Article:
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Contempo Updates
April 23/30, 2003

Long QT Syndrome

Author Affiliations

Author Affiliation: Cardiology Unit, Department of Medicine, University of Rochester Medical Center, Rochester, NY.

JAMA. 2003;289(16):2041-2044. doi:10.1001/jama.289.16.2041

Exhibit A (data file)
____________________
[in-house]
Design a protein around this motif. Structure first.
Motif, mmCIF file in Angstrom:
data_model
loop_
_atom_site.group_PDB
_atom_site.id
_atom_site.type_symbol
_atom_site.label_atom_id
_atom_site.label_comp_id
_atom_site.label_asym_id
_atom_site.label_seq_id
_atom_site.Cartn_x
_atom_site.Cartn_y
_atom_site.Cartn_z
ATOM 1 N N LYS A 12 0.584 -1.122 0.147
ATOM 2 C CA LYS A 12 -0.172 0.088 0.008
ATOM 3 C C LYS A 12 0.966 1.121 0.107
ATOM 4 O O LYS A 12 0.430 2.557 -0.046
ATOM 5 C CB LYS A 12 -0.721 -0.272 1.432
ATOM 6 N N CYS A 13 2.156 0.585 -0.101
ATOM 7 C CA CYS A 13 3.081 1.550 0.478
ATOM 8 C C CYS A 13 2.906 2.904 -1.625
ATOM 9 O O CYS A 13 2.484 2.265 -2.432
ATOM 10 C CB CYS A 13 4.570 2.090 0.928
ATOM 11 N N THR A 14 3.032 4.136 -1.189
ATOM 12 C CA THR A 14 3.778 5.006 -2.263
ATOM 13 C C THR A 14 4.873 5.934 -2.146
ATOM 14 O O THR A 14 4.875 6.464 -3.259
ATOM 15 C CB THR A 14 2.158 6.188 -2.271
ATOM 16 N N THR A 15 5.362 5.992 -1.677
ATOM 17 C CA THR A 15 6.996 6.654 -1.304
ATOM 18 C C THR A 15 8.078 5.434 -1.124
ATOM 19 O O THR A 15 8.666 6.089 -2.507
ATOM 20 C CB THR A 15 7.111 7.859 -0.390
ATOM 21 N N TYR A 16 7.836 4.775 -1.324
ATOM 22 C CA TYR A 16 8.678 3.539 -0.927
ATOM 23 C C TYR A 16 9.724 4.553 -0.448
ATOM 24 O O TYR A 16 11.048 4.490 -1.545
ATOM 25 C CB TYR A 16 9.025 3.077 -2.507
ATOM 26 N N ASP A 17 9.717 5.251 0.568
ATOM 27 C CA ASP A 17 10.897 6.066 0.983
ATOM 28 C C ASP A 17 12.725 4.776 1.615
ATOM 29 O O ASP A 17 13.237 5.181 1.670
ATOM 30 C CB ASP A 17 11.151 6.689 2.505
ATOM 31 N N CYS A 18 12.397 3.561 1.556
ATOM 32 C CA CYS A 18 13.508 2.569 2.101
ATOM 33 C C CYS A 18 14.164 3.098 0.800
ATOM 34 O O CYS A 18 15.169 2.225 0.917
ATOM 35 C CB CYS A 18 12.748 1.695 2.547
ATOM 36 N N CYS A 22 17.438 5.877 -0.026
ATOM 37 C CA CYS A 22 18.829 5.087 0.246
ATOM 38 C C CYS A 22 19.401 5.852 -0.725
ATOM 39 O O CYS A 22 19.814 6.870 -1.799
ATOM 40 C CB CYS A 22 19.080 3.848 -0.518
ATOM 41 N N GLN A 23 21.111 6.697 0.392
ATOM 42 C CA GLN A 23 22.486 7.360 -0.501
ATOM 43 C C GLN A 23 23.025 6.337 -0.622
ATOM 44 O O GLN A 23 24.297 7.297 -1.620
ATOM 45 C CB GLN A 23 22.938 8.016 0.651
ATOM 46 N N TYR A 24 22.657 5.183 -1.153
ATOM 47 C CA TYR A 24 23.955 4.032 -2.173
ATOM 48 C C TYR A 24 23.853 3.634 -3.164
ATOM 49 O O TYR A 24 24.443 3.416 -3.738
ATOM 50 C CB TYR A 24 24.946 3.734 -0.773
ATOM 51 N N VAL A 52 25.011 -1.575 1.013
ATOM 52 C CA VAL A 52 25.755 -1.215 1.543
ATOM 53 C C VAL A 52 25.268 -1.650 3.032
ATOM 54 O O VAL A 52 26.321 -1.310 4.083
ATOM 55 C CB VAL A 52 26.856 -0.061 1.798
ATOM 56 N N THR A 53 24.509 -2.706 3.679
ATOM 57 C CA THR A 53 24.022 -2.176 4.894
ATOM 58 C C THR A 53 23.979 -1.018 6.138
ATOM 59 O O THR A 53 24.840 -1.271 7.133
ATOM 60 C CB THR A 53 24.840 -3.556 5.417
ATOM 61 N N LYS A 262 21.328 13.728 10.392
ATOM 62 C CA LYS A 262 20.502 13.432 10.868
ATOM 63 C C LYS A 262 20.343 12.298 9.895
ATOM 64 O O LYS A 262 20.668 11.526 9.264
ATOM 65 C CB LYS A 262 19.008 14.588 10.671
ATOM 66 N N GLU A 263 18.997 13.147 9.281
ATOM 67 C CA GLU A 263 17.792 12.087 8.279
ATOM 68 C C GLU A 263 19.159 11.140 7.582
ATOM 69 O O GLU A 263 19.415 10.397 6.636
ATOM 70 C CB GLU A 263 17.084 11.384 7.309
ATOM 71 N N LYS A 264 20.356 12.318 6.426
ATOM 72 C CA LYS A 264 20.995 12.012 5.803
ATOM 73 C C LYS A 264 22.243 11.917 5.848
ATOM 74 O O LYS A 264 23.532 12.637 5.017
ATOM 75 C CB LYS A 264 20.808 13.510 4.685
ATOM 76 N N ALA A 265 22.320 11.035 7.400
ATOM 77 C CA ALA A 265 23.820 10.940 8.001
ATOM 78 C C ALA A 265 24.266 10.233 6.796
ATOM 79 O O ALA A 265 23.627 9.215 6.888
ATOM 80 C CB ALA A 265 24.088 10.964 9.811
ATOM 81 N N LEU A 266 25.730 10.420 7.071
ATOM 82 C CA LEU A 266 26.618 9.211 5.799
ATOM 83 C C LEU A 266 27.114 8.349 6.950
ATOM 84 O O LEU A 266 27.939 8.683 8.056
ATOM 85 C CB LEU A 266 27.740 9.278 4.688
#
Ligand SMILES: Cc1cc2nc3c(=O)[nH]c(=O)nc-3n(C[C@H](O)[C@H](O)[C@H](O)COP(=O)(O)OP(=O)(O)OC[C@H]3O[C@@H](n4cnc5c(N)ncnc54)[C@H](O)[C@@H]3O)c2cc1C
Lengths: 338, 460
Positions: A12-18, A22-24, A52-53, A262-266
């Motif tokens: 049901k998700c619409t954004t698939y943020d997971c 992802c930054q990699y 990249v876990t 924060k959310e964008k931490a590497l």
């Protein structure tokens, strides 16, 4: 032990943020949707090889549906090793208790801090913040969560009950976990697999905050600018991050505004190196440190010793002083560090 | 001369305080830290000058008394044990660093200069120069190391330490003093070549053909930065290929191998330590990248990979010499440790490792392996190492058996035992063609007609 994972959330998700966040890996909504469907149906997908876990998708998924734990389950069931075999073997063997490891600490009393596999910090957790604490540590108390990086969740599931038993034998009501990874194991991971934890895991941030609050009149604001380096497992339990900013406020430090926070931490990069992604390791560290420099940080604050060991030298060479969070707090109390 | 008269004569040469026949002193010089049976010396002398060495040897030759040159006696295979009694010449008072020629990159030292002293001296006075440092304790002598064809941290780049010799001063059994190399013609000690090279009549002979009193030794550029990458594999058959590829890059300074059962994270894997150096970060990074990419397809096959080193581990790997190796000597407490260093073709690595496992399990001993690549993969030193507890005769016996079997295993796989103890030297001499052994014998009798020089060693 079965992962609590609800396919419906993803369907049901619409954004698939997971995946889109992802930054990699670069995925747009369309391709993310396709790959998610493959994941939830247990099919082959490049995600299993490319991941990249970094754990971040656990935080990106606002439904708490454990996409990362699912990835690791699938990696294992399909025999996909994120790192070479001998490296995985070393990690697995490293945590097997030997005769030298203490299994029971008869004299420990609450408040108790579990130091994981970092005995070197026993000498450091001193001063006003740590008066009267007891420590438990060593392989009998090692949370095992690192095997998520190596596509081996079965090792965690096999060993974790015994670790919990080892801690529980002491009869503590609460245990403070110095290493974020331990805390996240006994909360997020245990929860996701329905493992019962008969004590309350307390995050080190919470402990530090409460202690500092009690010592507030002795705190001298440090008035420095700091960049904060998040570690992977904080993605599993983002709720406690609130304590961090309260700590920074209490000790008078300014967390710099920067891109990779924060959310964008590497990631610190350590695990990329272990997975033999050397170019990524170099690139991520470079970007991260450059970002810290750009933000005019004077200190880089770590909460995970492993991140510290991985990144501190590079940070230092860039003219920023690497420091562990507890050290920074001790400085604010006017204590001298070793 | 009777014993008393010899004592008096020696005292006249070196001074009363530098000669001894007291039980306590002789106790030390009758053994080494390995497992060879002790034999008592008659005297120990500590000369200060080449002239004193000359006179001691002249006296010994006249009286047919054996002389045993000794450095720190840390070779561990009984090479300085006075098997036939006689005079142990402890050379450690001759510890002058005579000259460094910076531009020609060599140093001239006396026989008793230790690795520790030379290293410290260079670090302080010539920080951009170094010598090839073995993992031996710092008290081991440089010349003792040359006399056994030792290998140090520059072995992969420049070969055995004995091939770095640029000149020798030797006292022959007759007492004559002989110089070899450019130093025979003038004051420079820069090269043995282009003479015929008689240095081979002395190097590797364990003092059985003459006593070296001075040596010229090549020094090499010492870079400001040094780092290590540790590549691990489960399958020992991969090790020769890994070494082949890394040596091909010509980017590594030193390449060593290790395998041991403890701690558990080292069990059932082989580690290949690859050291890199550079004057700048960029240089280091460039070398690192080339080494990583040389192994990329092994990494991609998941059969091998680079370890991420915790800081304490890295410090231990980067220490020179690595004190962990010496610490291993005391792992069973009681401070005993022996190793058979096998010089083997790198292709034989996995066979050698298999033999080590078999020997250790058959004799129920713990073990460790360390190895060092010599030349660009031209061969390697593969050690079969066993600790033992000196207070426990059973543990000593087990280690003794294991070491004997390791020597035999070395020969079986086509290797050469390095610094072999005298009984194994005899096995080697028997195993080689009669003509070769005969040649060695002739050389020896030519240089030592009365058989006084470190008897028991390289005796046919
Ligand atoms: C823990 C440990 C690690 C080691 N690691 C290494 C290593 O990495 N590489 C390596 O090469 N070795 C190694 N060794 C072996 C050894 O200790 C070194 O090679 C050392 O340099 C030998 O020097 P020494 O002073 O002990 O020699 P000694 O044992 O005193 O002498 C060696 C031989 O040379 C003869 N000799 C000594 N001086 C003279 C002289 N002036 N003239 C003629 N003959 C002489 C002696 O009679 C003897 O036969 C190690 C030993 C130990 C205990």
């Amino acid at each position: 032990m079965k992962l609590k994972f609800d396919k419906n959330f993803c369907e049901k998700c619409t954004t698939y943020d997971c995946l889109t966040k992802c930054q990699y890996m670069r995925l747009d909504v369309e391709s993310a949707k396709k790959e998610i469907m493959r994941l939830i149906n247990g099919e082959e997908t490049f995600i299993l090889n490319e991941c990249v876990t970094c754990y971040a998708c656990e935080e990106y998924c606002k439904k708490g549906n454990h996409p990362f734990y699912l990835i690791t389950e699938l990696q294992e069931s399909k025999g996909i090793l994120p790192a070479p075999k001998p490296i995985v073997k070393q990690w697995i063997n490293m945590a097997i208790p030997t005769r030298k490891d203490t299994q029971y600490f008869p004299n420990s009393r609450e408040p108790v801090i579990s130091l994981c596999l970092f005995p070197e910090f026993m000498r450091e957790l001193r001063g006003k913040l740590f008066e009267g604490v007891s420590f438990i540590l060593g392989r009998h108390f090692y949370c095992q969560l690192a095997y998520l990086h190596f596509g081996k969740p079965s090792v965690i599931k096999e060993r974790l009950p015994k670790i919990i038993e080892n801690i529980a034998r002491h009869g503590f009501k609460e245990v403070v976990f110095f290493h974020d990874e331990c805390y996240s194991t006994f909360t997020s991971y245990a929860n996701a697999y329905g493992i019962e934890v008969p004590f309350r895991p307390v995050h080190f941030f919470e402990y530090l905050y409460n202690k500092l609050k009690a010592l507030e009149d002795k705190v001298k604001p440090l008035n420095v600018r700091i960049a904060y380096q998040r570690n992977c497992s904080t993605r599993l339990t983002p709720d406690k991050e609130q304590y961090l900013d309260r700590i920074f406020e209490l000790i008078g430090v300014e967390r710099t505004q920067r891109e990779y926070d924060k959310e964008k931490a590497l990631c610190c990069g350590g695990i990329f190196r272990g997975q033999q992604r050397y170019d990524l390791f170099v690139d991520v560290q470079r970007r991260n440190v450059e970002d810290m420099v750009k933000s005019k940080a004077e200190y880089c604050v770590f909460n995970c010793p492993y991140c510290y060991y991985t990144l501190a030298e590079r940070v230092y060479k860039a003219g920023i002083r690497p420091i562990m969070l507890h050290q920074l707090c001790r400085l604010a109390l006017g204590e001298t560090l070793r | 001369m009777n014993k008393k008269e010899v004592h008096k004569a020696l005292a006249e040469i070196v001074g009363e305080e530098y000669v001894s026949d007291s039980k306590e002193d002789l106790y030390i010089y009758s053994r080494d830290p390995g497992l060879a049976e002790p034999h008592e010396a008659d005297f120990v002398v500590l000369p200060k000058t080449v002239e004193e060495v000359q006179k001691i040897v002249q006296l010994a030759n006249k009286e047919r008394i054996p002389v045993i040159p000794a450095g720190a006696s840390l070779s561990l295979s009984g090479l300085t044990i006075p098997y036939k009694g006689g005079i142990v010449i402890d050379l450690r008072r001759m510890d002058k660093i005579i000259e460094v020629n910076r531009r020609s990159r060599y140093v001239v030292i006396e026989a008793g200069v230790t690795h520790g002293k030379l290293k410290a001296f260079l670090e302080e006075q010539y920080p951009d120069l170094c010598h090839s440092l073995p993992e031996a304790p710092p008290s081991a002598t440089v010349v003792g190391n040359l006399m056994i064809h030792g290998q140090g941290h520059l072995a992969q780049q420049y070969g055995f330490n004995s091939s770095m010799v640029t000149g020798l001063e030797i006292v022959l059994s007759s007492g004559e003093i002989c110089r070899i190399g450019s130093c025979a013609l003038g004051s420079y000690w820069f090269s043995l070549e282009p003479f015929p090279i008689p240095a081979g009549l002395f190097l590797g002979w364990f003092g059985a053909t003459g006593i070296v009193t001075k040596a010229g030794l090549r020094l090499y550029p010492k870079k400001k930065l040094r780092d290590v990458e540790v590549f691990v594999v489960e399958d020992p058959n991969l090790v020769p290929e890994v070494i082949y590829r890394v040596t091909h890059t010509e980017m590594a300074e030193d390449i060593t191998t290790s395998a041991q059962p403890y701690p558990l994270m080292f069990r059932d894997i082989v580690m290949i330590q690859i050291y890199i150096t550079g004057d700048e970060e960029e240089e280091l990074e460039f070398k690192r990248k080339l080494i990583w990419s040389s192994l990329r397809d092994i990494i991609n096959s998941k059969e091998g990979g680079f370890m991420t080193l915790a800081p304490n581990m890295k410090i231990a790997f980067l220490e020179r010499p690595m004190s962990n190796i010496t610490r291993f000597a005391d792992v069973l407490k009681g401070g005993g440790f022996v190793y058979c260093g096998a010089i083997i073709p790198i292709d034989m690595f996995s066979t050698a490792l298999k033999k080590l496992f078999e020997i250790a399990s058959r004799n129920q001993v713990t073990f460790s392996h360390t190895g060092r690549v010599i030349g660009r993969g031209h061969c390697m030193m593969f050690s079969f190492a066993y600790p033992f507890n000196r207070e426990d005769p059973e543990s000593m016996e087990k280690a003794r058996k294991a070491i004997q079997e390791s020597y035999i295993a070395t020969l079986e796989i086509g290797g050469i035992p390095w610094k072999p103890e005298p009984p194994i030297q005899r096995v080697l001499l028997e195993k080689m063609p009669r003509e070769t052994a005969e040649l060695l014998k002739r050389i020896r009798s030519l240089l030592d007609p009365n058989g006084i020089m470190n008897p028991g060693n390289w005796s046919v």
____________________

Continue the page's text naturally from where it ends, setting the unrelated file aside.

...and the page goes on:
The long QT syndrome (LQTS) was first described in 1957 in a family in which several children with congenital bilateral neural deafness and QT prolongation on electrocardiogram (ECG) experienced recurrent syncope and sudden death, with a family pattern that suggested autosomal recessive inheritance (Jervell and Lange-Nielsen syndrome).1 A similar and much more common familial disorder with QT prolongation but without deafness was described a few years later, with family patterns that suggested autosomal dominant inheritance (Romano-Ward syndrome). These reports highlighted the familial nature of this QT prolongation disorder, and subsequent studies identified malignant ventricular arrhythmias as the cause of syncope and sudden death in patients with LQTS. The molecular-genetic basis of LQTS was discovered in the 1990s and, currently, mutations have been identified in 7 LQTS genes (Table 1).

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